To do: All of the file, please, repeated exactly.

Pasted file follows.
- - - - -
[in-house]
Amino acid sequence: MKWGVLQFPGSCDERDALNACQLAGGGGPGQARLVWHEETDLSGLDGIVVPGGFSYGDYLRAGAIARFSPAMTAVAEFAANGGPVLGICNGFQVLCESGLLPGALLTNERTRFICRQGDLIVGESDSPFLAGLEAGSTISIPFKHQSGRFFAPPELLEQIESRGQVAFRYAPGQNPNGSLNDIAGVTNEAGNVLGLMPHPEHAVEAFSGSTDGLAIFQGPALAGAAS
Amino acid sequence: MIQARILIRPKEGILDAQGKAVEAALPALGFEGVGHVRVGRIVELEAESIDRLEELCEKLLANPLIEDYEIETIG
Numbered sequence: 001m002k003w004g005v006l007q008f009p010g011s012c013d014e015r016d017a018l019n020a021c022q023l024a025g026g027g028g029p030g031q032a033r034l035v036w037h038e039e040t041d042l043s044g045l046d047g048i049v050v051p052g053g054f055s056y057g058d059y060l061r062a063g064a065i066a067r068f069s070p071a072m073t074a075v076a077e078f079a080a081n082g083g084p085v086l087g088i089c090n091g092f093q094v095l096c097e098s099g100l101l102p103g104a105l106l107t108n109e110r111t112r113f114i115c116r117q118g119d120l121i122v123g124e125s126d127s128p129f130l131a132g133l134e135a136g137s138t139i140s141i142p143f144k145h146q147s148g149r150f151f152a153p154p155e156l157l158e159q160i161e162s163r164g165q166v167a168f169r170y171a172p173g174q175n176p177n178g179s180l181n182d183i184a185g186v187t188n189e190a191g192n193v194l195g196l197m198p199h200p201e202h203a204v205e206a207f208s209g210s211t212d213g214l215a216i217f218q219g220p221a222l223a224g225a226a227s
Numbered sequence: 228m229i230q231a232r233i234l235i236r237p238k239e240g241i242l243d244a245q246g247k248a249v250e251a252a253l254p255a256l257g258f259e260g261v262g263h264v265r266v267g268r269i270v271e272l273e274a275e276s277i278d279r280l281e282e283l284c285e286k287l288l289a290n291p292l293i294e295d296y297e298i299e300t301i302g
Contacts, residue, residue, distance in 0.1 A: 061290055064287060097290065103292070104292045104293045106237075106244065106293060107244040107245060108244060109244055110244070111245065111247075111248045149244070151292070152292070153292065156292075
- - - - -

[in-house]
Amino acid sequence: MKWGVLQFPGSCDERDALNACQLAGGGGPGQARLVWHEETDLSGLDGIVVPGGFSYGDYLRAGAIARFSPAMTAVAEFAANGGPVLGICNGFQVLCESGLLPGALLTNERTRFICRQGDLIVGESDSPFLAGLEAGSTISIPFKHQSGRFFAPPELLEQIESRGQVAFRYAPGQNPNGSLNDIAGVTNEAGNVLGLMPHPEHAVEAFSGSTDGLAIFQGPALAGAAS
Amino acid sequence: MIQARILIRPKEGILDAQGKAVEAALPALGFEGVGHVRVGRIVELEAESIDRLEELCEKLLANPLIEDYEIETIG
Numbered sequence: 001m002k003w004g005v006l007q008f009p010g011s012c013d014e015r016d017a018l019n020a021c022q023l024a025g026g027g028g029p030g031q032a033r034l035v036w037h038e039e040t041d042l043s044g045l046d047g048i049v050v051p052g053g054f055s056y057g058d059y060l061r062a063g064a065i066a067r068f069s070p071a072m073t074a075v076a077e078f079a080a081n082g083g084p085v086l087g088i089c090n091g092f093q094v095l096c097e098s099g100l101l102p103g104a105l106l107t108n109e110r111t112r113f114i115c116r117q118g119d120l121i122v123g124e125s126d127s128p129f130l131a132g133l134e135a136g137s138t139i140s141i142p143f144k145h146q147s148g149r150f151f152a153p154p155e156l157l158e159q160i161e162s163r164g165q166v167a168f169r170y171a172p173g174q175n176p177n178g179s180l181n182d183i184a185g186v187t188n189e190a191g192n193v194l195g196l197m198p199h200p201e202h203a204v205e206a207f208s209g210s211t212d213g214l215a216i217f218q219g220p221a222l223a224g225a226a227s
Numbered sequence: 228m229i230q231a232r233i234l235i236r237p238k239e240g241i242l243d244a245q246g247k248a249v250e251a252a253l254p255a256l257g258f259e260g261v262g263h264v265r266v267g268r269i270v271e272l273e274a275e276s277i278d279r280l281e282e283l284c285e286k287l288l289a290n291p292l293i294e295d296y297e298i299e300t301i302g
Contacts, residue, residue, distance in 0.1 A: 061290055064287060097290065103292070104292045104293045106237075106244065106293060107244040107245060108244060109244055110244070111245065111247075111248045149244070151292070152292070153292065156292075